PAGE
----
Thus far I have tried to argue (well, state or “put out there”) that I think the *point* a biblical author makes (with words, of course) ought to be the focus of “addresses”-NOT the argumentation that the author might use. I want to say that I don’t care if Paul uses pre-scientific argumentation to make his point. The thing he is addressing (modesty, it would seem, in 1 Cor 11) is the important thing for inerrancy. THAT is what cannot mislead, to use the Chicago verbiage. The means to addressing that may be flawed, though, given the author’s context (in the case of 1 Cor 11, the wacky science Paul presupposes).
WE AFFIRM that Scripture in its entirety is inerrant, being free from all falsehood, fraud, or deceit.
WE DENY that Biblical infallibility and inerrancy are limited to spiritual, religious, or redemptive themes, exclusive of assertions in the fields of history and science. We further deny that scientific hypotheses about earth history may properly be used to overturn the teaching of Scripture on creation and the flood.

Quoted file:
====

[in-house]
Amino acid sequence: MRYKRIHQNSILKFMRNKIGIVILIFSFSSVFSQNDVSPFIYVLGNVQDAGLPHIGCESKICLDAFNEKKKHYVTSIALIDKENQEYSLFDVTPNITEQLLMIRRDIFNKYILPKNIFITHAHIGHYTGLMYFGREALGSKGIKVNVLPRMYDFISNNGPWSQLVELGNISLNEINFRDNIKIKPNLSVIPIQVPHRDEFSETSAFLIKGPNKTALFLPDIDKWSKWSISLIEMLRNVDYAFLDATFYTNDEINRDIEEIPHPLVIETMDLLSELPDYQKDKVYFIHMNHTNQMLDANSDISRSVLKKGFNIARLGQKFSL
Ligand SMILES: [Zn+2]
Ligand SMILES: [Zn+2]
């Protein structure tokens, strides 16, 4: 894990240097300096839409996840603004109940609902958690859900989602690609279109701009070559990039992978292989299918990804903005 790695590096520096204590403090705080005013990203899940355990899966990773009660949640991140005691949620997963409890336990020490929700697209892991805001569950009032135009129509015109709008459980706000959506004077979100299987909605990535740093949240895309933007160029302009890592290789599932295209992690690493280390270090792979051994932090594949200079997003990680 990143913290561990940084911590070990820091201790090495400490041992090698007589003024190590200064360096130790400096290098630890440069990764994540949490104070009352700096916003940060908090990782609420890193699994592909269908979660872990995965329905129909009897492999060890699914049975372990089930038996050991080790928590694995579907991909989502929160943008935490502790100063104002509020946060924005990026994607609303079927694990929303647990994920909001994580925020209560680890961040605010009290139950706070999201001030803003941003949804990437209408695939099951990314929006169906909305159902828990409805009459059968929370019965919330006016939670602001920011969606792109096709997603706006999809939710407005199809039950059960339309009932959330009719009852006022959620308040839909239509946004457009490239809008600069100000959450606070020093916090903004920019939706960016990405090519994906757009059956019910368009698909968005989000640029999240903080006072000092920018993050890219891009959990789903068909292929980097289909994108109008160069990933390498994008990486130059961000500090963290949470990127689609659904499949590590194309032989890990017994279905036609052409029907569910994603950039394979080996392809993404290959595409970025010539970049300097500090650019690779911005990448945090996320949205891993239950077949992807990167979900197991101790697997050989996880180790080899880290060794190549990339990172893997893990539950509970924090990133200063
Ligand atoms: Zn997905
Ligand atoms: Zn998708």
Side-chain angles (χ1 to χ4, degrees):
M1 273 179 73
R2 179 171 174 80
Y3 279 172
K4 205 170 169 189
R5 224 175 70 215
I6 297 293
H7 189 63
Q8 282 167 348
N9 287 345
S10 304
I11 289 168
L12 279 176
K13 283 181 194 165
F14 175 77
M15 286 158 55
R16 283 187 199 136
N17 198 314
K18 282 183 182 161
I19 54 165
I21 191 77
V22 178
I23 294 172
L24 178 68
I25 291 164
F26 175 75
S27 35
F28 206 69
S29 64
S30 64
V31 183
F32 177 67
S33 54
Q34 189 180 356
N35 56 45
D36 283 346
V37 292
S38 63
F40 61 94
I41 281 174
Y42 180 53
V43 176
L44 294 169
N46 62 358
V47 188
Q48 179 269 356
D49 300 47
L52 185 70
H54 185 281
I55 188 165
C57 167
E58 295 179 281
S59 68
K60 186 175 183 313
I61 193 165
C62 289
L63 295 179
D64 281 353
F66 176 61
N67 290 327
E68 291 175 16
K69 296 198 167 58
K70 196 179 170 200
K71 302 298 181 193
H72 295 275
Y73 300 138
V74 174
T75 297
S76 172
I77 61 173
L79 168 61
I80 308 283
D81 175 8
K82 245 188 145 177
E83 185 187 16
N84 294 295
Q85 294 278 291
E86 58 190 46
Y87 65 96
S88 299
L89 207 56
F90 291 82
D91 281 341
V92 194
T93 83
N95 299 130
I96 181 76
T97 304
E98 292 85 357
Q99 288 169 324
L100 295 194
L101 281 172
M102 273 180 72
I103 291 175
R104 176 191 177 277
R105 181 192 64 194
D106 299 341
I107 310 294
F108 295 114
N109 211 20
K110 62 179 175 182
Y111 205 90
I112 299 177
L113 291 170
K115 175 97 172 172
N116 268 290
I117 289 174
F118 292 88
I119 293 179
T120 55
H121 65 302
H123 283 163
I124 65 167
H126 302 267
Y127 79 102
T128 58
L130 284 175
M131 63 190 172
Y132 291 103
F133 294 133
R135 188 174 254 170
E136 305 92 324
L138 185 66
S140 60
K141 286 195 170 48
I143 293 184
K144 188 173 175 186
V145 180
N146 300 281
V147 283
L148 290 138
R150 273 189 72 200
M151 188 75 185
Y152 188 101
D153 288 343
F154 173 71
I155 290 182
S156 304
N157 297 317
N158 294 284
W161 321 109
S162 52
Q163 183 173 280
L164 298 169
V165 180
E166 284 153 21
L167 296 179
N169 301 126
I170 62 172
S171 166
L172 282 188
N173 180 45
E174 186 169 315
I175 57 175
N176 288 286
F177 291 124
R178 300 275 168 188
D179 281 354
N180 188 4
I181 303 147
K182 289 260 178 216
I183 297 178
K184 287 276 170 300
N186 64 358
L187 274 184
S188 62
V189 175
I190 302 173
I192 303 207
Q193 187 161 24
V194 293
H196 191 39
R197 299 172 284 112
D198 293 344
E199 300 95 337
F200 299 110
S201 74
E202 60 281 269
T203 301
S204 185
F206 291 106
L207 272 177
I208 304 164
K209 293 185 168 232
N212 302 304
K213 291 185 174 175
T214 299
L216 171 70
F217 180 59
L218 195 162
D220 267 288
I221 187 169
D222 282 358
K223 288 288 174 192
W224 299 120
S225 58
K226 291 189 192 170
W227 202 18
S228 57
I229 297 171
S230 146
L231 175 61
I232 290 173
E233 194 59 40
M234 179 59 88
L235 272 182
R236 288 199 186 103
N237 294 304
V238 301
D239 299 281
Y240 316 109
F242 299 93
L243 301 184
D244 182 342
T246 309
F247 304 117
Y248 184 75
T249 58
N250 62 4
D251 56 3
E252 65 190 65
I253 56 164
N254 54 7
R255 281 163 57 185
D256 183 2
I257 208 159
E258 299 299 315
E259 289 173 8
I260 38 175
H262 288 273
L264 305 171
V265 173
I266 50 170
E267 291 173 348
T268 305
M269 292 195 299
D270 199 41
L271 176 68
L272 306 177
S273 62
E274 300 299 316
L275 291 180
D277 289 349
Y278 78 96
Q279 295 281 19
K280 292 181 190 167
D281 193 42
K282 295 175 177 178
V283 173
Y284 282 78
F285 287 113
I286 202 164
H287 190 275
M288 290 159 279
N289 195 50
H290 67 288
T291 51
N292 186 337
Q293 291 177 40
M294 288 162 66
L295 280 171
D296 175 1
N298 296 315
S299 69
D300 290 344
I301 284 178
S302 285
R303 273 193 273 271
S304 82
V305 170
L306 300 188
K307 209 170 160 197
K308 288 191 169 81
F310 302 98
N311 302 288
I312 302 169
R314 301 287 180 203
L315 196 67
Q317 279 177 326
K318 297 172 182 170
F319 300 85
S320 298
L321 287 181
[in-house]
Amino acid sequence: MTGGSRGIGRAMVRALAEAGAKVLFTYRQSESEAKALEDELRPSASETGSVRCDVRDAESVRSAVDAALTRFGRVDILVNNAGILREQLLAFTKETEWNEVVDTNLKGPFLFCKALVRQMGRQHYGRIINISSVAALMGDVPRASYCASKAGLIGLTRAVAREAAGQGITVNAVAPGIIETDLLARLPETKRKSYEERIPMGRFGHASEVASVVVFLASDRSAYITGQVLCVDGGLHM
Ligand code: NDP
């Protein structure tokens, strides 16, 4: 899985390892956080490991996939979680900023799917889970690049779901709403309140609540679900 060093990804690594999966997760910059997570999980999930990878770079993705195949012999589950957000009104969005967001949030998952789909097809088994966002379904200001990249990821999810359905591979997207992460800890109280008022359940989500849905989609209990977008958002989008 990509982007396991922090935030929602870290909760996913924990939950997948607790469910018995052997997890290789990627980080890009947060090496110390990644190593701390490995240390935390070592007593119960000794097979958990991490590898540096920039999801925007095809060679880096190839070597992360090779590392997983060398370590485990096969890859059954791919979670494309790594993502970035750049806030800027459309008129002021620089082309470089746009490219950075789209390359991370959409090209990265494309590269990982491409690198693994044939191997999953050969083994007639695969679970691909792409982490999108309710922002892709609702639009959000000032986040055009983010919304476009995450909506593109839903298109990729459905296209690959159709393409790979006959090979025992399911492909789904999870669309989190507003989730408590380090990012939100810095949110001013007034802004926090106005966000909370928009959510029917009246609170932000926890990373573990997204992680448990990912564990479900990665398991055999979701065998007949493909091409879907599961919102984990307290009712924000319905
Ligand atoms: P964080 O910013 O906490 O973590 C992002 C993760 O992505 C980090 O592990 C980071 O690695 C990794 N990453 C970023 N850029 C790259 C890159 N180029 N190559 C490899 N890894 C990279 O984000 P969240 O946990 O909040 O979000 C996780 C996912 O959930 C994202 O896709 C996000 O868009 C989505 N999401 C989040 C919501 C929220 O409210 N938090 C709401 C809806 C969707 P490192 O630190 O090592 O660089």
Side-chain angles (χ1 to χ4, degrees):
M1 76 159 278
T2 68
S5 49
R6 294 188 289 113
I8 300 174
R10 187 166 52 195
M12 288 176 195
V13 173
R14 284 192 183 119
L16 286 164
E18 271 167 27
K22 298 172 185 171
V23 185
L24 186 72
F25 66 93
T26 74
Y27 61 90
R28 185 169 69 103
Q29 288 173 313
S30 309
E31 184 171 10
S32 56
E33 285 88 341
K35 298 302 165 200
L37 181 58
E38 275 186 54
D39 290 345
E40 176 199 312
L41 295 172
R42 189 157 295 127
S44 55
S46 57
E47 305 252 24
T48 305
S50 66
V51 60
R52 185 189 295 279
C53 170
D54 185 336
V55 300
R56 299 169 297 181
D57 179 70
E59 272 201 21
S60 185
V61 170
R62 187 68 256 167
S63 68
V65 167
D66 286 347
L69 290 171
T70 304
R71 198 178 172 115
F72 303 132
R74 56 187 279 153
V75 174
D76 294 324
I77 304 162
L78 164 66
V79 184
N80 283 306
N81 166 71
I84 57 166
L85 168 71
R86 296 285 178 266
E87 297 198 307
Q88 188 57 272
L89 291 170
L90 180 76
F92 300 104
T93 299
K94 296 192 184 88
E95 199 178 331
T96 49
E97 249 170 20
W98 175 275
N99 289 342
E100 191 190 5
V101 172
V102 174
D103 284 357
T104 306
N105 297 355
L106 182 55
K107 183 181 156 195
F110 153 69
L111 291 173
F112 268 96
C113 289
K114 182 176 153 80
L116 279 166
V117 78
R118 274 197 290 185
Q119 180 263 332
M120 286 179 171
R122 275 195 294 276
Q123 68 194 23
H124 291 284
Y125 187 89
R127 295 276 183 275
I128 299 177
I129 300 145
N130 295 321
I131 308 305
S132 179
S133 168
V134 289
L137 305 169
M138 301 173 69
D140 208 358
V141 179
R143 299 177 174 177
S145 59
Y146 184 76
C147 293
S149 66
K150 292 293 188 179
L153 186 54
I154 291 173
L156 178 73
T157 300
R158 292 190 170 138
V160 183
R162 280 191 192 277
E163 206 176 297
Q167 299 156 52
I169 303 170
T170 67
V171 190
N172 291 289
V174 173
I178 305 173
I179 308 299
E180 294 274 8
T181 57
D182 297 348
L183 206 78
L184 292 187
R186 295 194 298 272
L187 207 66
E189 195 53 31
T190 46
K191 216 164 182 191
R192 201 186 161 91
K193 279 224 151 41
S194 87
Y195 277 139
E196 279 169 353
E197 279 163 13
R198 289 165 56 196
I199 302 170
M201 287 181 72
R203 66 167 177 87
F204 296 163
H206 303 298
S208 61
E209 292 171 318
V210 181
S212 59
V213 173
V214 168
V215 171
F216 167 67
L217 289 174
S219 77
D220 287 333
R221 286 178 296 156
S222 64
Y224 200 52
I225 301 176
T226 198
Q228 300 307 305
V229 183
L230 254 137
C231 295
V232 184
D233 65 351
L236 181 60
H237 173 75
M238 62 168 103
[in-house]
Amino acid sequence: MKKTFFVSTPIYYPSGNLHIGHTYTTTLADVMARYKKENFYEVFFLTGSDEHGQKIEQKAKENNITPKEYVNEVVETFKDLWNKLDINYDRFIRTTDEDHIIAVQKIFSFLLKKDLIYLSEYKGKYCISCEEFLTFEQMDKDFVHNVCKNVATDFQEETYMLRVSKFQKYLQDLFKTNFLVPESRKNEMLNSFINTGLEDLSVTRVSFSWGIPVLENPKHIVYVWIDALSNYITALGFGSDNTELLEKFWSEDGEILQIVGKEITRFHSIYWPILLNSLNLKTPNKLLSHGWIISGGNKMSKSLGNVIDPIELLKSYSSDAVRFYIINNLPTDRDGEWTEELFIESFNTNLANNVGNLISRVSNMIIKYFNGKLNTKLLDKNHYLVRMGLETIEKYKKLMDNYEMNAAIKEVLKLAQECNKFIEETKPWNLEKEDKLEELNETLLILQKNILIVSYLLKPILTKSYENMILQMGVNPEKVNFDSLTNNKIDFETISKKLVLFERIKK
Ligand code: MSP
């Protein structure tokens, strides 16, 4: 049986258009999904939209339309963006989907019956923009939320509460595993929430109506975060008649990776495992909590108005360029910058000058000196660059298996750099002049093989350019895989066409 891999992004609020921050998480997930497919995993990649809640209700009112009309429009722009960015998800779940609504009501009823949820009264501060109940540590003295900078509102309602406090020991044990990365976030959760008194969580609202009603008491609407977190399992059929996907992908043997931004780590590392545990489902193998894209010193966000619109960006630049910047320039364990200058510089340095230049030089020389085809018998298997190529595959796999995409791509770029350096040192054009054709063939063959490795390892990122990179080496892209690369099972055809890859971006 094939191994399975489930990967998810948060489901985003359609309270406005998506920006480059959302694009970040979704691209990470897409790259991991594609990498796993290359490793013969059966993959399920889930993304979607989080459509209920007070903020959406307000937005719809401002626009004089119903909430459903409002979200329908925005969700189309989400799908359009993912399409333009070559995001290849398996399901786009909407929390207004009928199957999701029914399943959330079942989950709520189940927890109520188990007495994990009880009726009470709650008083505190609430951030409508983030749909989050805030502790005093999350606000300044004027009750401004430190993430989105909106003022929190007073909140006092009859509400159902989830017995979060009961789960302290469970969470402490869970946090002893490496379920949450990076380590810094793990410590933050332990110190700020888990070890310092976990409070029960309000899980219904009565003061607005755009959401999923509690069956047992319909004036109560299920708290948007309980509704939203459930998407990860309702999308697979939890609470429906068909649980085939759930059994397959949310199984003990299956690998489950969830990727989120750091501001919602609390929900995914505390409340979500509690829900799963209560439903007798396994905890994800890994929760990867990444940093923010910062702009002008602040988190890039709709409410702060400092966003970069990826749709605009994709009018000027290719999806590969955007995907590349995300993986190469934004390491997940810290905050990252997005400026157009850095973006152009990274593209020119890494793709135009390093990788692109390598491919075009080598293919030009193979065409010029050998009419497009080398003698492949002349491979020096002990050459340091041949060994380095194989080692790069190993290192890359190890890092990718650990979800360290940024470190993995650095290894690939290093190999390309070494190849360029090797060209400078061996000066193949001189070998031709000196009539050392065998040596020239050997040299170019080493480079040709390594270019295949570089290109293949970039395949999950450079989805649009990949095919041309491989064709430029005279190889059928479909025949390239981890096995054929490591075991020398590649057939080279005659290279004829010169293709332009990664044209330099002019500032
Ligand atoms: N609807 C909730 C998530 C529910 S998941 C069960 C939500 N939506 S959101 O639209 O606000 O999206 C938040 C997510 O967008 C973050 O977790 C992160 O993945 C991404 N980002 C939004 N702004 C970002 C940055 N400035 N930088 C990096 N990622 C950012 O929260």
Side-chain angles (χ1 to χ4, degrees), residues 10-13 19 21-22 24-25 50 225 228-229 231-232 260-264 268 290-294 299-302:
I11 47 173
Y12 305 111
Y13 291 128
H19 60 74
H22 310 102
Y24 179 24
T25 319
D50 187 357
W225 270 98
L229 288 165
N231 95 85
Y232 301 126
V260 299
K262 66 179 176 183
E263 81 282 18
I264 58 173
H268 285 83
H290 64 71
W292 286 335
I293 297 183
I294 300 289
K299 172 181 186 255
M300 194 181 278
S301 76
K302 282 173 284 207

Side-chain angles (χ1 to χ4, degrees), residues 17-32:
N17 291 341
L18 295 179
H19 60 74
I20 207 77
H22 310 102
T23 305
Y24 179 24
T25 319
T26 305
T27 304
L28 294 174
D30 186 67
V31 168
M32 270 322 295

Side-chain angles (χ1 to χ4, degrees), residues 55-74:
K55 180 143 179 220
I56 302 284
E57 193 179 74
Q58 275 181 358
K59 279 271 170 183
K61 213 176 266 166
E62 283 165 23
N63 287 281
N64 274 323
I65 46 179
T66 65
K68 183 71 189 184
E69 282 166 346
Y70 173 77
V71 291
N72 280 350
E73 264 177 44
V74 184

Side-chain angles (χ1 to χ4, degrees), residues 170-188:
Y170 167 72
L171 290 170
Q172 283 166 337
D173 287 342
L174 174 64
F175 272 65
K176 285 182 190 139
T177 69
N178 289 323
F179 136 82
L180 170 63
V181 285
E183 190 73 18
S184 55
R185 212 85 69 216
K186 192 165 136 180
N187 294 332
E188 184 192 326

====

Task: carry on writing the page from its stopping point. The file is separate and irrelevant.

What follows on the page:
|This one is problematic since it requires including the argumentation / means (see above). I would like to see this reworded so that assertions (the things addressed and thus “pronounced”) are distinguished from the culture and its limitations that the author worked under as a human being IN that culture. Not sure if I’m saying this well.
I’d bet at least half of the ETS members couldn’t sign on to this one IF it meant that “the teaching of Scripture on creation and the flood” = 7 day creation and a global flood. Of course it doesn’t get that specific … so why even have it here? Removing this would take away the need for substantial rewording.